Yet another 'pick your brain' survey for PICU, NICU-NET, &
PED-EM-L readers. Please respond directly to me w/your views:
[log in to unmask]
It has been proposed that infants <= 14d of age be admitted to
our Intensive Care Nursery (formerly called NICU, a combined
Level III + grower unit) from home or Emergency Departments
(not just L&D or outlying nurseries) if they need intensive
care for "conditions of perinatal origin" (e.g. congenital
malformations including cardiopulmonary problems, problems
occurring w/in 72 hrs of nursery discharge, or newborn
problems previously detected when longer newborn stays were
standard, such as poor feeding, metabolic defects, etc.).
With distinct isolation beds in a new ICN currently under
construction, it is proposed that even babies with potential
viral infections such as varicella and RSV could be
accommodated in the future.
Previously, only very young premature or fullterm neonates
from a generally 'clean' environment (Labor & Delivery suite,
newborn nursery, Level 2 and 3 NICUs, etc.) were admitted to
the NICU, and cared for by neonatal team of physicians,
nurses, RTs, etc up until the time of discharge home. Those
from 'dirty' sources (even scant hours out of the hospital)
were admitted to the pediatric ward or Pediatric ICU,
depending on severity of illness, where their care was
provided by general pediatric, pediatric critical care, or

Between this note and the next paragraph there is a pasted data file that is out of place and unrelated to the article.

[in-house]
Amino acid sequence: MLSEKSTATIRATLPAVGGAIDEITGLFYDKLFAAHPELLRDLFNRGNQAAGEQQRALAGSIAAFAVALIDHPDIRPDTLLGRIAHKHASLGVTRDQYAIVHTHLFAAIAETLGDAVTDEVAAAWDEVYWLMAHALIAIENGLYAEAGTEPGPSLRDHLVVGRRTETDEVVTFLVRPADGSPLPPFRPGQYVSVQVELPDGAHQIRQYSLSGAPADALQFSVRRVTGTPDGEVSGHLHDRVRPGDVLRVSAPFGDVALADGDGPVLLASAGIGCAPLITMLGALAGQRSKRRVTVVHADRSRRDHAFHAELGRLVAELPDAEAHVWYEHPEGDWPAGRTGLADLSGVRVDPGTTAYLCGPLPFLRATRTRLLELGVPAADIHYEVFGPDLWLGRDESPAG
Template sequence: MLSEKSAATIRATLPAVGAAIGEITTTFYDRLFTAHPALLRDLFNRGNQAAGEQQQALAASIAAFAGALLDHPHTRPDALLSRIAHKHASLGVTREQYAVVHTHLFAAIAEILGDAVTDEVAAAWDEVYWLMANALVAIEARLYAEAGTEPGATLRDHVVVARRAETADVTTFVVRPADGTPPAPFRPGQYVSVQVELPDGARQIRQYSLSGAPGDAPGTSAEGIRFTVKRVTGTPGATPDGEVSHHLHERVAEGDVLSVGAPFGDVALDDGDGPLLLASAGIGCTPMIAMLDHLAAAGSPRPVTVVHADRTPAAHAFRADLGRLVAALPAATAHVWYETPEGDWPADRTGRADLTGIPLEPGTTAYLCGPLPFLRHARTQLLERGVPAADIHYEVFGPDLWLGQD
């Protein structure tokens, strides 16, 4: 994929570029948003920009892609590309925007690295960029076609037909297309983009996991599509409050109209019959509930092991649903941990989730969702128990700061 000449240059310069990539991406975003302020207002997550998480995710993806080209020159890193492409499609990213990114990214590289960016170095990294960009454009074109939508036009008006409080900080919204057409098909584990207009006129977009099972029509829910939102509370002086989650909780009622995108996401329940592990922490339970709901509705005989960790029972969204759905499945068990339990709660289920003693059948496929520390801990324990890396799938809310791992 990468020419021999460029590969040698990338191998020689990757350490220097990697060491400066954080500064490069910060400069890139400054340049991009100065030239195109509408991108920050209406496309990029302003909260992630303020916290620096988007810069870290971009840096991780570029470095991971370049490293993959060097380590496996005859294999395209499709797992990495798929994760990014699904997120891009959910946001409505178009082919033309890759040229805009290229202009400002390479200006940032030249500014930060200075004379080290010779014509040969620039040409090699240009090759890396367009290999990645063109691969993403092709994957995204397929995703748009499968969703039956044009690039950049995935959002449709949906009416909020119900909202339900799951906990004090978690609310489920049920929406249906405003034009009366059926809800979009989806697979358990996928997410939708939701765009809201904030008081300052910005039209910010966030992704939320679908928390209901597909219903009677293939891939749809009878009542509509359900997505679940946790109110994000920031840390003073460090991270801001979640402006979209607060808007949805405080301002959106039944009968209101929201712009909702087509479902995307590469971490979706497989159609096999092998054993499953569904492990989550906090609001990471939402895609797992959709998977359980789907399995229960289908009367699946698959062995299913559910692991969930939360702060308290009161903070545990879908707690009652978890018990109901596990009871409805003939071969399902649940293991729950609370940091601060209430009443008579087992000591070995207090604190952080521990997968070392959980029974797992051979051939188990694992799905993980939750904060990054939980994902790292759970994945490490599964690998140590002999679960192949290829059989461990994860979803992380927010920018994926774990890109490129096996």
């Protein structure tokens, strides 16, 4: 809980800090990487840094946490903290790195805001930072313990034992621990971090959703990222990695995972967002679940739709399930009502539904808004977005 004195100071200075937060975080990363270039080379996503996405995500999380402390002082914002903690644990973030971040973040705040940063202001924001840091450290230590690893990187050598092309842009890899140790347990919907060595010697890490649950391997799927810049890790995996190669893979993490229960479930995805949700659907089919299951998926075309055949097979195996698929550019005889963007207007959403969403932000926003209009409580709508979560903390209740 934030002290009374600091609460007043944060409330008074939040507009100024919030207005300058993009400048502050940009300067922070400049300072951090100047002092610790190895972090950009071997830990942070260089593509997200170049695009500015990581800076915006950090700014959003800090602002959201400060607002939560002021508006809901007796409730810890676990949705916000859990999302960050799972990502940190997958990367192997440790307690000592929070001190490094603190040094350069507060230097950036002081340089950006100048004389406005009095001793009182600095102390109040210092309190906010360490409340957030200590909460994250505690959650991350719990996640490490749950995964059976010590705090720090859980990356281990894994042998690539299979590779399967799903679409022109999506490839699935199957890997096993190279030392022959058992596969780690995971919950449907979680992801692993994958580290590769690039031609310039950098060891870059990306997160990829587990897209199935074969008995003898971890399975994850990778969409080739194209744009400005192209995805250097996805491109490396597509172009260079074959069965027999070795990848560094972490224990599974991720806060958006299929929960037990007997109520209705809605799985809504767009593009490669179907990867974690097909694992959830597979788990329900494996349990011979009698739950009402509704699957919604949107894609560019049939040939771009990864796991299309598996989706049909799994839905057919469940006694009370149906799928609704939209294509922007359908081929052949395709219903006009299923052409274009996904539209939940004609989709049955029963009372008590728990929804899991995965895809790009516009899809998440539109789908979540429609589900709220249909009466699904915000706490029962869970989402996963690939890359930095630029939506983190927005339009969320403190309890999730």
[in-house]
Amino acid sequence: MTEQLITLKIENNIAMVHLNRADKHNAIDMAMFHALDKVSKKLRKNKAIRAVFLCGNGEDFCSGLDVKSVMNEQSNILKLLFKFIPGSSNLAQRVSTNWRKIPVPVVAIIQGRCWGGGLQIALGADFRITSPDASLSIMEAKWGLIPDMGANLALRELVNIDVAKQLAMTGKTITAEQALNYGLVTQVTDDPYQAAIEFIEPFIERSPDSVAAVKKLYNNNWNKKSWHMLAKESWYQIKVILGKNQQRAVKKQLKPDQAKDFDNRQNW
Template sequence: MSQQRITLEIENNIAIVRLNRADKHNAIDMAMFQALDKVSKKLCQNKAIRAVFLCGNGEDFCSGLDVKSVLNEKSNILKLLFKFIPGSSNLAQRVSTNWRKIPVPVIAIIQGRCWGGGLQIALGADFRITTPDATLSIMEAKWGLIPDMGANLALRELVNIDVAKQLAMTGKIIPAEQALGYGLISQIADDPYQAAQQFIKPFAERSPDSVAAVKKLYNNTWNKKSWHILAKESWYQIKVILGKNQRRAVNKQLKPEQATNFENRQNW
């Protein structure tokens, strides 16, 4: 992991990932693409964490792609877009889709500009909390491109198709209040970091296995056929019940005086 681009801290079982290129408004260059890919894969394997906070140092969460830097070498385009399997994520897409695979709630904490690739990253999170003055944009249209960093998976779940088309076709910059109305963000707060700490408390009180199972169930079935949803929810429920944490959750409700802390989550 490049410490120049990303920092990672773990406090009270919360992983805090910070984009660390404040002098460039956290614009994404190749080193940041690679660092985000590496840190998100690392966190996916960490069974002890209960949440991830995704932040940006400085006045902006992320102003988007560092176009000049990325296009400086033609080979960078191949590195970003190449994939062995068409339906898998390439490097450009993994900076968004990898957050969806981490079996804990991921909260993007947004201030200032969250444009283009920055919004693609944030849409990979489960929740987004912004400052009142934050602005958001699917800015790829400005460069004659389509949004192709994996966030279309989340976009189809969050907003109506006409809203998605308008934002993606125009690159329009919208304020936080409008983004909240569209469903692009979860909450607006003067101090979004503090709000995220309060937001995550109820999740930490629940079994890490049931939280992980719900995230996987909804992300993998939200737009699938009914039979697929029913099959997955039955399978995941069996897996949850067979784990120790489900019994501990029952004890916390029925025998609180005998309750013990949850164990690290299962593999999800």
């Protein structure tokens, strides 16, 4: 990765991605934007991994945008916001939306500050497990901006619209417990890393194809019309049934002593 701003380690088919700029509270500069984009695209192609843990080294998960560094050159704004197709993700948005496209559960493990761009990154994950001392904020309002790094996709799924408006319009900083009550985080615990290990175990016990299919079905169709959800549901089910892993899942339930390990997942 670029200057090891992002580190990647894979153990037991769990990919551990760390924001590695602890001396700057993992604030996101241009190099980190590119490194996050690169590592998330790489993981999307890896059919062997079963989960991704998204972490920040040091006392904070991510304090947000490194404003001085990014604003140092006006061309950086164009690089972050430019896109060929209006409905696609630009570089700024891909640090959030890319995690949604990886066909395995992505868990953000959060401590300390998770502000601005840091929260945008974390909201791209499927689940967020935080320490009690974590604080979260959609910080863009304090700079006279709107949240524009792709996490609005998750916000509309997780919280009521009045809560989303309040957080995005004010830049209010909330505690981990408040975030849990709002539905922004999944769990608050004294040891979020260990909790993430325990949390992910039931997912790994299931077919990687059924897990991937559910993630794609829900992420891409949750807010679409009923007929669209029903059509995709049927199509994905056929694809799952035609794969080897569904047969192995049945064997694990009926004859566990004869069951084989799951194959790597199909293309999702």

other pediatric subspecialty teams, based on their clinical
Which leads to curiosity as to what happens or is thought
1) Are young infants admitted to the Neonatal unit at your
institution from locations other than Delivery or Nursery
areas? In which of the following concrete situations?
a) "Significant" apnea event on way home from the
fullterm Nursery? A premie leaving the NICU?
b) Home 3d, breastfeeding poorly, readmitted for
hypoglycemia and phototherapy?
c) From outside ER, a 2-week old (fullterm, home since
DOL 2), presenting w/resp failure & shock, presumed to be
d) 5 day-old in private pediatrician's office w/dyspnea,
cyanosis, hepatomegaly, & murmur?
2) Strengths/Weaknesses of caring for this new class of
babies in a neonatal unit?
3) TRUE/FALSE: Much of the conventional paranoia about
infection control in newborn units (Level I, II, or III)
4) Strengths/Weaknesses of caring for these babies in a
Pediatric ICU (if critically ill)?
5) If this were my child/grandchild, I would want...
To debate this as a Quality of Care issue rather than as a
"turf war", your collective well-reasoned thoughts/opinions
would be greatly appreciated. Please mention your hospital's
name & your specialty, so I can track redundant experiences.
I will post a summary of anonymous responses when they trickle
out. Minimize bandwidth clutter; please respond directly to
[log in to unmask] Steve Klem, M.D.